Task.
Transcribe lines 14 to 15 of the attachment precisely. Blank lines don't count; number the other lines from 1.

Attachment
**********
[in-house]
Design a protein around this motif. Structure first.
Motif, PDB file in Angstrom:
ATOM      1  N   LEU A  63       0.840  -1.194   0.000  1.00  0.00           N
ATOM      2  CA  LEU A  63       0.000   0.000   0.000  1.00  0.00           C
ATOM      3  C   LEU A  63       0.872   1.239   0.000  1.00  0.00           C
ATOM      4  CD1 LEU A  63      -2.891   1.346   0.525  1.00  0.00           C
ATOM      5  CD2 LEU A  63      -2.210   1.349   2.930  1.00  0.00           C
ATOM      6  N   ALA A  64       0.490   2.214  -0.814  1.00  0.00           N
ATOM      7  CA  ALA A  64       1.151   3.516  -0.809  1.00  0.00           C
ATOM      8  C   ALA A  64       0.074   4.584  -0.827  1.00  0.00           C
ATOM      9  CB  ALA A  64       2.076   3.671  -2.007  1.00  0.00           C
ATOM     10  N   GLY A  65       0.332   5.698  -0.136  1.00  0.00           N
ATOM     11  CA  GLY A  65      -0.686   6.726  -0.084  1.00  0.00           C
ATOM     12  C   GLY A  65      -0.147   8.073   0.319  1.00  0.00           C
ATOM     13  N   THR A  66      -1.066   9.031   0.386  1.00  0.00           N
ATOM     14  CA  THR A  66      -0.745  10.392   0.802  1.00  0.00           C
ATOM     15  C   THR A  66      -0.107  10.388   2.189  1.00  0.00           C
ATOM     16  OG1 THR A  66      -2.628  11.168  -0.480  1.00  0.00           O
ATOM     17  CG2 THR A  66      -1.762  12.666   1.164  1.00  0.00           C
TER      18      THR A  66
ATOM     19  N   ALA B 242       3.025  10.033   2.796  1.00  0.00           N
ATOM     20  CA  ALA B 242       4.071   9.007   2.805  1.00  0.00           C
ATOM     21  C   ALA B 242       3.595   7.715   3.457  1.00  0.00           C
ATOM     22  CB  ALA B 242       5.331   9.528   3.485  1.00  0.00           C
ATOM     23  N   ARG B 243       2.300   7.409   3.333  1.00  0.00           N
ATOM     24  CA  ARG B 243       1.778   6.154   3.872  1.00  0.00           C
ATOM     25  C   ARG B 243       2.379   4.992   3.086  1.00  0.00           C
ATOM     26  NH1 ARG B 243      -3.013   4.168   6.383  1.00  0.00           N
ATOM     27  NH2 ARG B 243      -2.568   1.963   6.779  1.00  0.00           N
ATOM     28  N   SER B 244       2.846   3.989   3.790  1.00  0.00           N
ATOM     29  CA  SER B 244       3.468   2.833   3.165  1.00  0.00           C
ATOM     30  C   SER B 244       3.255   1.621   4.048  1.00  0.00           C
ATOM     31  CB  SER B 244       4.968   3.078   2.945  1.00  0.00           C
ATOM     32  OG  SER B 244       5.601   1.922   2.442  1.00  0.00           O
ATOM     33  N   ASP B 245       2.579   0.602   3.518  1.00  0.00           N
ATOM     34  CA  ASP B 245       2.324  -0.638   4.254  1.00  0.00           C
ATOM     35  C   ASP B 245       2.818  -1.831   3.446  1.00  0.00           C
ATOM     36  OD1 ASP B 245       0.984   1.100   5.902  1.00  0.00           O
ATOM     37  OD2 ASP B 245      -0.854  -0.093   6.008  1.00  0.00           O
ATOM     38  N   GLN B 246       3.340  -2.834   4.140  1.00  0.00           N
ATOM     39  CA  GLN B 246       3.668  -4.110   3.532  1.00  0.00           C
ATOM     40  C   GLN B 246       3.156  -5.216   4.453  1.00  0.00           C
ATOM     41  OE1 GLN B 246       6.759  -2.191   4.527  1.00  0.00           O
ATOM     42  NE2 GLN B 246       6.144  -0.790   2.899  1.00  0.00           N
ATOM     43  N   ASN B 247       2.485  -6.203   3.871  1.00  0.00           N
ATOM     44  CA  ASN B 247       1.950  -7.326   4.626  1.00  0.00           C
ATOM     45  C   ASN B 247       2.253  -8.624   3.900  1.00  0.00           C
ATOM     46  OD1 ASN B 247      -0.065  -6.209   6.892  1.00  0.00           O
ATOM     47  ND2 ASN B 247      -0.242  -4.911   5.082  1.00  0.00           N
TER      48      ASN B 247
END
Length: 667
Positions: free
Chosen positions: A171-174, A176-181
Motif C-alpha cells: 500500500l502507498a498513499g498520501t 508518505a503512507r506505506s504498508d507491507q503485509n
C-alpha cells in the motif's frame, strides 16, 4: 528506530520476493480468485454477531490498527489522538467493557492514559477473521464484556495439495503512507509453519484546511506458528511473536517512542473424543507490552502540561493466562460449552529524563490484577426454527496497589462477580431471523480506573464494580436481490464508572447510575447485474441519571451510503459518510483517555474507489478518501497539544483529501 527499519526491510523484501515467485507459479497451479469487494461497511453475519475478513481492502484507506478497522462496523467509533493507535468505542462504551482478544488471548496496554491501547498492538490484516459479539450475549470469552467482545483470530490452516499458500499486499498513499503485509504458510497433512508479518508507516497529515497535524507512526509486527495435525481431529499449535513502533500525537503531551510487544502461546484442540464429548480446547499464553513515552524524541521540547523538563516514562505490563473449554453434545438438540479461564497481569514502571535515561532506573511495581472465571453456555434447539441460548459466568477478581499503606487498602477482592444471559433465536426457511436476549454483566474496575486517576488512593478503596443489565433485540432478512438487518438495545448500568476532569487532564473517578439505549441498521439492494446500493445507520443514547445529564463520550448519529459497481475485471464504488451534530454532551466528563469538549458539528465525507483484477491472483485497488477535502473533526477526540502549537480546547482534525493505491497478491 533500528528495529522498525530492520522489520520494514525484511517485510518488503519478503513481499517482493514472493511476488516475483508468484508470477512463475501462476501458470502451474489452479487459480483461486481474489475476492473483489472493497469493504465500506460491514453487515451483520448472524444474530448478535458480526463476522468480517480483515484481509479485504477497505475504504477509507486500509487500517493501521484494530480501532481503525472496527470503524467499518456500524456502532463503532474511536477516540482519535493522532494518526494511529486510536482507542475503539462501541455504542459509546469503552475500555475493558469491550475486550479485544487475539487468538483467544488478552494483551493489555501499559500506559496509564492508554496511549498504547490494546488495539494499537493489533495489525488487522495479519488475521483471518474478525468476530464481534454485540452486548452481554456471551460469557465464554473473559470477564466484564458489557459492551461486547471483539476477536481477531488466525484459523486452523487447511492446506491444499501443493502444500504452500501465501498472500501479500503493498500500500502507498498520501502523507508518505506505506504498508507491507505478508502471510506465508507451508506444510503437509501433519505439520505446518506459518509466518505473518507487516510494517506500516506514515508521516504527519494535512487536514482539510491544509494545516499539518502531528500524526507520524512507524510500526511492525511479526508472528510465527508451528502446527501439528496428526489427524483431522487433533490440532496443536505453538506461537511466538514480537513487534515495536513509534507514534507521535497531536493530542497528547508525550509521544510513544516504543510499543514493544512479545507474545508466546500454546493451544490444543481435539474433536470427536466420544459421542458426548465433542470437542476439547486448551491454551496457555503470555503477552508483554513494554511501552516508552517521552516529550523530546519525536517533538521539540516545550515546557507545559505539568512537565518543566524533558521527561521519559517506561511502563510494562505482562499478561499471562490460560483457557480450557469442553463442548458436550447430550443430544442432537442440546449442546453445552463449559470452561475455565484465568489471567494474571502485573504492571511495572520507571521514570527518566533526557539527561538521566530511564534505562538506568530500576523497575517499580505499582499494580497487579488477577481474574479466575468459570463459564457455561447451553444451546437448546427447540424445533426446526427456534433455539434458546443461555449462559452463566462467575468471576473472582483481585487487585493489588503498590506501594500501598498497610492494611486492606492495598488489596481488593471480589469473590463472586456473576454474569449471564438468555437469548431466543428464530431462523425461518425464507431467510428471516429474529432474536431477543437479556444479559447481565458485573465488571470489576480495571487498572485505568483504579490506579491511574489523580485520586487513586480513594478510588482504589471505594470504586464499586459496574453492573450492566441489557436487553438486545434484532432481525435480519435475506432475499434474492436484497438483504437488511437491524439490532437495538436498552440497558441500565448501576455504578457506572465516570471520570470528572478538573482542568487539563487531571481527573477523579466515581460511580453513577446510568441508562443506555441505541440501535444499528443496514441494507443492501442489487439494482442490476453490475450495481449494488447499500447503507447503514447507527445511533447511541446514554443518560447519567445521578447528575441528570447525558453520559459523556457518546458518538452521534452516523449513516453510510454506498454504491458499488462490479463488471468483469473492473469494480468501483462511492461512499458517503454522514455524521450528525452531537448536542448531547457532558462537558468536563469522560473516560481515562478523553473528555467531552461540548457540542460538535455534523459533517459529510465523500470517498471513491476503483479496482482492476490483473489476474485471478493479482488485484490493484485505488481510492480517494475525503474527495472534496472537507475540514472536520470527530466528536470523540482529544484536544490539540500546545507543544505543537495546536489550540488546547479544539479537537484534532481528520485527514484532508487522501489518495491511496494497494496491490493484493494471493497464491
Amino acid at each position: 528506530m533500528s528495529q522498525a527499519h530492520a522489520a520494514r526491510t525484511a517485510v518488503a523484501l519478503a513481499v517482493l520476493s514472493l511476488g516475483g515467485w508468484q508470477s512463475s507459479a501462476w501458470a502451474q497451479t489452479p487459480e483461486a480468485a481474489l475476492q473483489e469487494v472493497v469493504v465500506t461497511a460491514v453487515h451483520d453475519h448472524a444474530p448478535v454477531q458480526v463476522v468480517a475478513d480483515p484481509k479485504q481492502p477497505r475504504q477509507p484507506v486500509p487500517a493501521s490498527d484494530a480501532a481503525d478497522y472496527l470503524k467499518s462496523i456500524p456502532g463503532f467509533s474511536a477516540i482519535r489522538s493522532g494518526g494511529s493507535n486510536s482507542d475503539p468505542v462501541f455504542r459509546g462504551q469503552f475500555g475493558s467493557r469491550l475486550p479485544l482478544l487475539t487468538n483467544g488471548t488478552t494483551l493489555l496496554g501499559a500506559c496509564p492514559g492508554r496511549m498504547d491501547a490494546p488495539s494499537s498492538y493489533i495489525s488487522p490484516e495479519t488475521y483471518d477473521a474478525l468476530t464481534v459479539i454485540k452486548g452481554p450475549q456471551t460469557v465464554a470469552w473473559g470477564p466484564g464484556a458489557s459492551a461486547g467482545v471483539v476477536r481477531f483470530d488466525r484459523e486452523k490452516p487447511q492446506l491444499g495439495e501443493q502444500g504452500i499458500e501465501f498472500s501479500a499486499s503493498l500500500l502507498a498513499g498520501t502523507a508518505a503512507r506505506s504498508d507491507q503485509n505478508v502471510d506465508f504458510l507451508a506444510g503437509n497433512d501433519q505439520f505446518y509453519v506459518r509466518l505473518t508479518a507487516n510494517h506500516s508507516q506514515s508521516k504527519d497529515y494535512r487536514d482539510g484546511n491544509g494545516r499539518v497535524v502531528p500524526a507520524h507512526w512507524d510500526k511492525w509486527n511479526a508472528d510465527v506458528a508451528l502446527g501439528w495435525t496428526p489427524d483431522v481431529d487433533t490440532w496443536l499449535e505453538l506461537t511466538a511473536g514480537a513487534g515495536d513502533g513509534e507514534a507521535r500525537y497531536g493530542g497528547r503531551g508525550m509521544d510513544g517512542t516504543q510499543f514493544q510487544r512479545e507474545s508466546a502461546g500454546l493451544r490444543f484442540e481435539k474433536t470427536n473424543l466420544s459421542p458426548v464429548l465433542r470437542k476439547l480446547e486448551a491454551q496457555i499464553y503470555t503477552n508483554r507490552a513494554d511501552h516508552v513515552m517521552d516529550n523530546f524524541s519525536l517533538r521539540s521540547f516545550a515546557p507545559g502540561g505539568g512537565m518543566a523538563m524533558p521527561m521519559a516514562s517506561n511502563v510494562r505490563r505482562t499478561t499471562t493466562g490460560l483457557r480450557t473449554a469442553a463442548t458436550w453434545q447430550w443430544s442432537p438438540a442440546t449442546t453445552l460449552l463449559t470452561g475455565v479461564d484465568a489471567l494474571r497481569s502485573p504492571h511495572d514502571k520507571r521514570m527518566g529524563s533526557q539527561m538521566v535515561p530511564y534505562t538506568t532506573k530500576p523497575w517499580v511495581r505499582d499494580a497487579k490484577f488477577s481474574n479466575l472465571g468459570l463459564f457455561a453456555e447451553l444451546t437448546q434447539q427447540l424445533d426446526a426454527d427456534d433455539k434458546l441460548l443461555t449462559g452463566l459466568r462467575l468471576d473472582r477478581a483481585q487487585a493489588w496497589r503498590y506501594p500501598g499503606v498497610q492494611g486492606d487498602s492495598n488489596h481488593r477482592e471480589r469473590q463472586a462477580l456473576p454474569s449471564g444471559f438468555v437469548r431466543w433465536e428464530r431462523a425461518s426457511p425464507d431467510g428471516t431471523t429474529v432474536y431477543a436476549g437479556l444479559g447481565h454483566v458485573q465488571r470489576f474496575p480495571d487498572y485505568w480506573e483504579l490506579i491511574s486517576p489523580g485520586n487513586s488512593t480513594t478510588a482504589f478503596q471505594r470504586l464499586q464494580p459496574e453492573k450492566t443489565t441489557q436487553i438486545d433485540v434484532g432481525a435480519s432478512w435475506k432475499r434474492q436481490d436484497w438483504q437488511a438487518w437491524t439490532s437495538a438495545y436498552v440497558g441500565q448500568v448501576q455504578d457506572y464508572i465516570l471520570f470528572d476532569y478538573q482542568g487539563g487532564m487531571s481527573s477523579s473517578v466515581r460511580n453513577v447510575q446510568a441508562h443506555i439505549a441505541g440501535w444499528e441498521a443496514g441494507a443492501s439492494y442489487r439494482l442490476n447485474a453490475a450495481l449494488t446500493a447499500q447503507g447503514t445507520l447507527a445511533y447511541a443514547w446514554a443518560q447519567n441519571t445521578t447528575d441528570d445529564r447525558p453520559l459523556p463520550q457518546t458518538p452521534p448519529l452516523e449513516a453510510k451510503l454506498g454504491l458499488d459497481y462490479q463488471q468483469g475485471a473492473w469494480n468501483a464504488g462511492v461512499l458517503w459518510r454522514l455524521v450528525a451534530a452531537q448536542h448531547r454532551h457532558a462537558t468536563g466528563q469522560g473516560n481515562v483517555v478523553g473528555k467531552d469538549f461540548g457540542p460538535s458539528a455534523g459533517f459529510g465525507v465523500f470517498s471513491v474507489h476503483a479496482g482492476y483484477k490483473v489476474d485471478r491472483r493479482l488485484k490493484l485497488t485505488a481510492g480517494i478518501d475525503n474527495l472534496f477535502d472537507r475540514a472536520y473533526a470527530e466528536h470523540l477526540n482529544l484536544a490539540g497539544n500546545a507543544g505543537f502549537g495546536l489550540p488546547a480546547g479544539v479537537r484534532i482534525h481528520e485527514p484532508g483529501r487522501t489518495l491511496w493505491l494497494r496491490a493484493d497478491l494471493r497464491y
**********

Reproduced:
ATOM     11  CA  GLY A  65      -0.686   6.726  -0.084  1.00  0.00           C
ATOM     12  C   GLY A  65      -0.147   8.073   0.319  1.00  0.00           C